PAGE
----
CNN immigration reform poll misses the mark
In a recent poll, CNN/Opinion Research asked , "Do you think the United States should or should not make it easier for illegal immigrants to become citizens of the United States?" Sixty-six percent of respondents said the U.S. should not make it easier, while 33 percent said it should.
Inevitably, anti-immigration activists will use these results to claim that Congress shouldn't attempt to pass a comprehensive immigration reform package that includes a path to citizenship for unauthorized immigrants currently in the country. Indeed, NumbersUSA is already  touting it. The only problem is, nobody has proposed making it "easier for illegal immigrants to become citizens," which implies that unauthorized immigrants in the country currently have access to citizenship and reform would "make it easier."
In fact, the proposal outlined  by Sens. Graham and Schumer would make it possible for some unauthorized immigrants "to earn the opportunity to work toward lawful permanent residence." Only after performing community service, paying fines, paying back taxes, passing a background check and demonstrating English proficiency could unauthorized immigrants gain access to "the back of the line" for permanent residence. And only after being a permanent resident for at least 5 years and meeting other eligibility requirements could they apply for naturalization, which requires that they pay a large fee , pass English and civics tests, and are judged to possess "good moral character ."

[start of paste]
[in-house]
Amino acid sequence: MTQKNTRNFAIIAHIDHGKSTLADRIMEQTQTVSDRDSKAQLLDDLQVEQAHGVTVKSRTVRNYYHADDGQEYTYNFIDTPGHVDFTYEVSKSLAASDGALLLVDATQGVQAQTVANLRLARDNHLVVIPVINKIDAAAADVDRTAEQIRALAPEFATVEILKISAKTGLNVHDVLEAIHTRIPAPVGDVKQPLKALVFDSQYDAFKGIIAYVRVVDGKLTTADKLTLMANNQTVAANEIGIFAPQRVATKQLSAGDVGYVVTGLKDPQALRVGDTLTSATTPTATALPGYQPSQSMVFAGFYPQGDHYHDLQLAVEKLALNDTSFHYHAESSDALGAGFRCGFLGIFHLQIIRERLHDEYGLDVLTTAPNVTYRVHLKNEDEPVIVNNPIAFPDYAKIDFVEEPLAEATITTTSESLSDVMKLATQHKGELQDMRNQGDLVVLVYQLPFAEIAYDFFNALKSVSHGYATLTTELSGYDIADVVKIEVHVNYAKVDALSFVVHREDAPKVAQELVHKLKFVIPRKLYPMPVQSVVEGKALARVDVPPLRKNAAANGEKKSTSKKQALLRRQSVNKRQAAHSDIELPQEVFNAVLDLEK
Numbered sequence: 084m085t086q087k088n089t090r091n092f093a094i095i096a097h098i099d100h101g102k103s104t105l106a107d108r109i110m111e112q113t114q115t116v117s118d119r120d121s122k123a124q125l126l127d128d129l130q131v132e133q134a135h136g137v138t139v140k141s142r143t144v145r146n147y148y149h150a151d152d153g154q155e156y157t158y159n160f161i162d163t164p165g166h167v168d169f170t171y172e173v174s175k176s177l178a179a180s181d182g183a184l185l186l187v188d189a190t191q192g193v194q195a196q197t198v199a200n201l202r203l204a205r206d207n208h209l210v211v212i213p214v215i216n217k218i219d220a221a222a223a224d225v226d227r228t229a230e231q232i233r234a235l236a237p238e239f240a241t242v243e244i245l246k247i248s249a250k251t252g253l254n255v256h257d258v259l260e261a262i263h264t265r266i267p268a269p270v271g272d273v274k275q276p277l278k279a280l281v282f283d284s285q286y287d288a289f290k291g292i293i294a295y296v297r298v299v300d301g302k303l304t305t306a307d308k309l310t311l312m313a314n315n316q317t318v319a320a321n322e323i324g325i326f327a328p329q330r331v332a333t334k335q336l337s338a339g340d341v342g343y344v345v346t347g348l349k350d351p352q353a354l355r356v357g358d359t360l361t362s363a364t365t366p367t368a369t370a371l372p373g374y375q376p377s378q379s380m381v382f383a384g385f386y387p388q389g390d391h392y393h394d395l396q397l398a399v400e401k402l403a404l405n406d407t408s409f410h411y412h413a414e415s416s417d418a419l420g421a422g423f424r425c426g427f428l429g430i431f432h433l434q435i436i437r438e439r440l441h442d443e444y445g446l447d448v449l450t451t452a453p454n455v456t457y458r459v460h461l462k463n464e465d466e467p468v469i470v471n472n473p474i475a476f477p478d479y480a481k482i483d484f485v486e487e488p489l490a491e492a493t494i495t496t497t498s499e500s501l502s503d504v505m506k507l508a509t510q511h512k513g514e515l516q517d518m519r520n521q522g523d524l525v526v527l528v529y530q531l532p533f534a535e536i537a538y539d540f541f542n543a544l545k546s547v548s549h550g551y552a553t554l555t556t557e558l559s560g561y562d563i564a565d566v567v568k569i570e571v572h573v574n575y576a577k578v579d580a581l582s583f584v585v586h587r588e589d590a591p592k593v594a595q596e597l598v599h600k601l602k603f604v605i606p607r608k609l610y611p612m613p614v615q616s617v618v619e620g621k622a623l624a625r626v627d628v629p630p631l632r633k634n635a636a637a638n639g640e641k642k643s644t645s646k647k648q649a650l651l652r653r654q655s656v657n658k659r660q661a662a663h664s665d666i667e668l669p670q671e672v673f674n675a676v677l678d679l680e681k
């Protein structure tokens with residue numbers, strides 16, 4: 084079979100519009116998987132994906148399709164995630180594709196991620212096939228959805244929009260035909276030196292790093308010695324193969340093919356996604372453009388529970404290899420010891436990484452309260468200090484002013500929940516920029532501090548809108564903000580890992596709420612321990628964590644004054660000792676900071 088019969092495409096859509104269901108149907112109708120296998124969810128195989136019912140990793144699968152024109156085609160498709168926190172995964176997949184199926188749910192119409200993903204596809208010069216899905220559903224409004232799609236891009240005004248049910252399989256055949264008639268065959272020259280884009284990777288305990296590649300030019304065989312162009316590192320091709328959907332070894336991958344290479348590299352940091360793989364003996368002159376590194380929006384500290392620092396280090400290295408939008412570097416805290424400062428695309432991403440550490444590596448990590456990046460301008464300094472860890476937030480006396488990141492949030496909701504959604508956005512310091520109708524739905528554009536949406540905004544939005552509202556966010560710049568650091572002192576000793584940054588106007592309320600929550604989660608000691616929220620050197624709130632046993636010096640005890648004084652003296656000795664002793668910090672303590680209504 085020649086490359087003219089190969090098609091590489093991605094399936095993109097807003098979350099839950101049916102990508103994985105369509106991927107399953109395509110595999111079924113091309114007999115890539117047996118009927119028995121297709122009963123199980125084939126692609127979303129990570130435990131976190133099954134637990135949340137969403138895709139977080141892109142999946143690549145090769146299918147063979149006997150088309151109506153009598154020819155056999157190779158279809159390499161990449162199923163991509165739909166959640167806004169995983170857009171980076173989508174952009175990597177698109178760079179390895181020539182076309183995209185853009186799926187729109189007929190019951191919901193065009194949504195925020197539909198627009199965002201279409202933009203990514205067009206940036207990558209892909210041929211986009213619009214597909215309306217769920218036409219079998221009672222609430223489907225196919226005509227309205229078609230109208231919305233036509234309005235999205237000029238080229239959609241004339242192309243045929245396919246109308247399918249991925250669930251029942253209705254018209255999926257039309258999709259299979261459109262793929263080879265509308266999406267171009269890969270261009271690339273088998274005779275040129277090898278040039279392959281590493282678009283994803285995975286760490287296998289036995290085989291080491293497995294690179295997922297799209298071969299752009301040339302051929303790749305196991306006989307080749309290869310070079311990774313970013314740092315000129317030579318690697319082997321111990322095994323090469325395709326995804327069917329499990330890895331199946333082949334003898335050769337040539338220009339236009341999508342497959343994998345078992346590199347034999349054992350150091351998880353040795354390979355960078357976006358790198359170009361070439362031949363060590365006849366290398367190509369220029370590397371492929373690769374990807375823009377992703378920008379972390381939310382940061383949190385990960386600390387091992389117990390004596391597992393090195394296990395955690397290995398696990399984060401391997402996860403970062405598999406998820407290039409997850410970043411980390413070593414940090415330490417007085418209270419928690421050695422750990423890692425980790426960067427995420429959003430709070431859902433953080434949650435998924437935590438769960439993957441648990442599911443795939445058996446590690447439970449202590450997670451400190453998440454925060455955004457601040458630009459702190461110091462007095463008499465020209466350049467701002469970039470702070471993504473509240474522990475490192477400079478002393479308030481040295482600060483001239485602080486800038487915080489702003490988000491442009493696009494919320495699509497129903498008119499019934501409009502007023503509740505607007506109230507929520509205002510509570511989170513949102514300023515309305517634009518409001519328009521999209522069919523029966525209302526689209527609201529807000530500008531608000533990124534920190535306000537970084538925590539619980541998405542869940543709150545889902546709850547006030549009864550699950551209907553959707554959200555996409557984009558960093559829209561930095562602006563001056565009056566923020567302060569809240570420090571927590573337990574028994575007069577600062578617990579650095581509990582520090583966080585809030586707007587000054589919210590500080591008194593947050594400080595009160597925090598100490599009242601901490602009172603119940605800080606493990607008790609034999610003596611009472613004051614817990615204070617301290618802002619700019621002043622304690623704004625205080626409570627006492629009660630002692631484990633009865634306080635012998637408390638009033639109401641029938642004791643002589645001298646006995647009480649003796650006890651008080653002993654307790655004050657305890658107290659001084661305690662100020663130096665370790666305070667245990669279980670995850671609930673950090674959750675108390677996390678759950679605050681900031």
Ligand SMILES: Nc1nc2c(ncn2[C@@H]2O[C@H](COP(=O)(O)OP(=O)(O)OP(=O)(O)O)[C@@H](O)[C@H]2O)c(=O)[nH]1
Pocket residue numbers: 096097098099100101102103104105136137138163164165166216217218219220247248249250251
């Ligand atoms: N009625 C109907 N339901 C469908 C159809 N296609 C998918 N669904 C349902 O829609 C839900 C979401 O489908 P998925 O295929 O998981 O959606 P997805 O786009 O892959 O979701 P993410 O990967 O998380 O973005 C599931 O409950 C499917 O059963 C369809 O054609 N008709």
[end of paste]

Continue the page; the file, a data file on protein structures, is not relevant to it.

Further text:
By contrast, polls that describe proposals that have actually been considered found broad support. For instance, the Pew Research Center for the People & the Press found  in 2009 that "most Americans (63%) say they favor providing a way for illegal immigrants currently in the country to gain legal citizenship if they pass background checks, pay fines and have jobs." An April 2009 Washington Post/ABC News poll also found  that 61 percent of respondents support "a program giving illegal immigrants now living in the United States the right to live here legally if they pay a fine and meet other requirements."